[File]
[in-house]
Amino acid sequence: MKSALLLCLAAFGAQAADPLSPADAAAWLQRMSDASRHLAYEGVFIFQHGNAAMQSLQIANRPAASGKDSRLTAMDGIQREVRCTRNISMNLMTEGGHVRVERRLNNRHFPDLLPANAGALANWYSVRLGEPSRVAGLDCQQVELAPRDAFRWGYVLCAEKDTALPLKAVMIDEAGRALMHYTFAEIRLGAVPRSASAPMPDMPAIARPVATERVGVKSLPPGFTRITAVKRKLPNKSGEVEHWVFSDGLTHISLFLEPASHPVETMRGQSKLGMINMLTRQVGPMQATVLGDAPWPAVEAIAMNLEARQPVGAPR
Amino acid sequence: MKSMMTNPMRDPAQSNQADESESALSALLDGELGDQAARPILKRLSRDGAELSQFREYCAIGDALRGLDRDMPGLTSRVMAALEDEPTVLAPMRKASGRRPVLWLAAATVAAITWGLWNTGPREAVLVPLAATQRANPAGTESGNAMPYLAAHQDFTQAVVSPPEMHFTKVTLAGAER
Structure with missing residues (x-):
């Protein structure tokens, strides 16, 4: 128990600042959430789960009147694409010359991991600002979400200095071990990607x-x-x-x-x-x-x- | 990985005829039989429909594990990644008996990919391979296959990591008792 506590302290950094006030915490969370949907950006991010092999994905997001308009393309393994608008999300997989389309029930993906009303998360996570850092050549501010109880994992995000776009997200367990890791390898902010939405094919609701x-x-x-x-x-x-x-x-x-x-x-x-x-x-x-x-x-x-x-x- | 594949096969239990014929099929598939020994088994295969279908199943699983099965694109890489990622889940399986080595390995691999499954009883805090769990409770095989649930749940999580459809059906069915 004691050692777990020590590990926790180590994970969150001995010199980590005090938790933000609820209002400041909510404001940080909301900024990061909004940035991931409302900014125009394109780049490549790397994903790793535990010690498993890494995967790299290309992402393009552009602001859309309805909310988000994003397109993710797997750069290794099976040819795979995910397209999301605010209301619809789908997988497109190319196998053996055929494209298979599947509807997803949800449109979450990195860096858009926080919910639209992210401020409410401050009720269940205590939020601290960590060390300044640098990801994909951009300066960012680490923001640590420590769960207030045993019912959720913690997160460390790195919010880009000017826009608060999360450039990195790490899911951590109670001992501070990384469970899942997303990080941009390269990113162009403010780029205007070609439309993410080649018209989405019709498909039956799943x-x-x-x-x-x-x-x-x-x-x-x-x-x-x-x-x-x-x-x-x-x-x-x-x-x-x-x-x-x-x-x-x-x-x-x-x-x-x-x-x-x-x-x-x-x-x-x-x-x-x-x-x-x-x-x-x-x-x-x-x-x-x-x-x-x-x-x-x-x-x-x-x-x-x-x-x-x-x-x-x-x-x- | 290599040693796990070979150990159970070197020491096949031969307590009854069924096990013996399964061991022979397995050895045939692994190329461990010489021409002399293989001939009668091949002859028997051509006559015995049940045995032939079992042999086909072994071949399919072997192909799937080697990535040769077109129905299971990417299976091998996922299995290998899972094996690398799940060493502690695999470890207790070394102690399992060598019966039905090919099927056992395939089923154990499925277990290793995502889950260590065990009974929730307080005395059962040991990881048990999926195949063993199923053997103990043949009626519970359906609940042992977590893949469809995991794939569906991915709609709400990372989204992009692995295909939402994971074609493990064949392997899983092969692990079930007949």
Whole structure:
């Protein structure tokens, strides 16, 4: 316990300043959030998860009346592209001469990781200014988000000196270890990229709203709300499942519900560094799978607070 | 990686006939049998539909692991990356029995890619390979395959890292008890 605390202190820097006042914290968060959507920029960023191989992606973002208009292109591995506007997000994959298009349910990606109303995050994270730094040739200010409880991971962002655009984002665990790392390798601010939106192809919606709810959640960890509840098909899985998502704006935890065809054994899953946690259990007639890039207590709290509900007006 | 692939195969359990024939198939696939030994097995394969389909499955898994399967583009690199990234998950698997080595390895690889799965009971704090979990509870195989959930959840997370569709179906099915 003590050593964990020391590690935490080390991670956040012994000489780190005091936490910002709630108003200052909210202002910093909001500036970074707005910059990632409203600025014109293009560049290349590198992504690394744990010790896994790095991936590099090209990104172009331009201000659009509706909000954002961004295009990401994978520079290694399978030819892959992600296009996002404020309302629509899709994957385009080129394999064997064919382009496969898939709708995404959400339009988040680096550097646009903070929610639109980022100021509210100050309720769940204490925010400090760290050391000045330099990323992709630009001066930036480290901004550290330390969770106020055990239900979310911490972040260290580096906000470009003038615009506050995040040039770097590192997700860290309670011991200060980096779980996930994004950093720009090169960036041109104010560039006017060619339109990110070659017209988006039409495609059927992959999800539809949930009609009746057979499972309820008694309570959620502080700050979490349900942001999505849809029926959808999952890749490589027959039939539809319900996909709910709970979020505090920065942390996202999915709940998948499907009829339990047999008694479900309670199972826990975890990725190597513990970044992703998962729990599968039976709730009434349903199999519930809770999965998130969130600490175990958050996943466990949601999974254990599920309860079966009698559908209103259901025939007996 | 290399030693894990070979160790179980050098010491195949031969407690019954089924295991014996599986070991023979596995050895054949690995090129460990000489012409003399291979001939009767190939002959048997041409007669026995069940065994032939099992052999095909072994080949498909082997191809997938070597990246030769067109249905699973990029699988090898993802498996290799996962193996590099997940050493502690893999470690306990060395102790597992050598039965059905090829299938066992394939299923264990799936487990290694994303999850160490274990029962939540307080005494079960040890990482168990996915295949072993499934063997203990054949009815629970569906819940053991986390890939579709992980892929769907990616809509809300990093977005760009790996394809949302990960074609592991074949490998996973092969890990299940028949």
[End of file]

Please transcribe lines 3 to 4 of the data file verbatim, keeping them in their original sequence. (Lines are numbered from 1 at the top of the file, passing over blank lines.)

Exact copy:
Amino acid sequence: MKSMMTNPMRDPAQSNQADESESALSALLDGELGDQAARPILKRLSRDGAELSQFREYCAIGDALRGLDRDMPGLTSRVMAALEDEPTVLAPMRKASGRRPVLWLAAATVAAITWGLWNTGPREAVLVPLAATQRANPAGTESGNAMPYLAAHQDFTQAVVSPPEMHFTKVTLAGAER
Structure with missing residues (x-):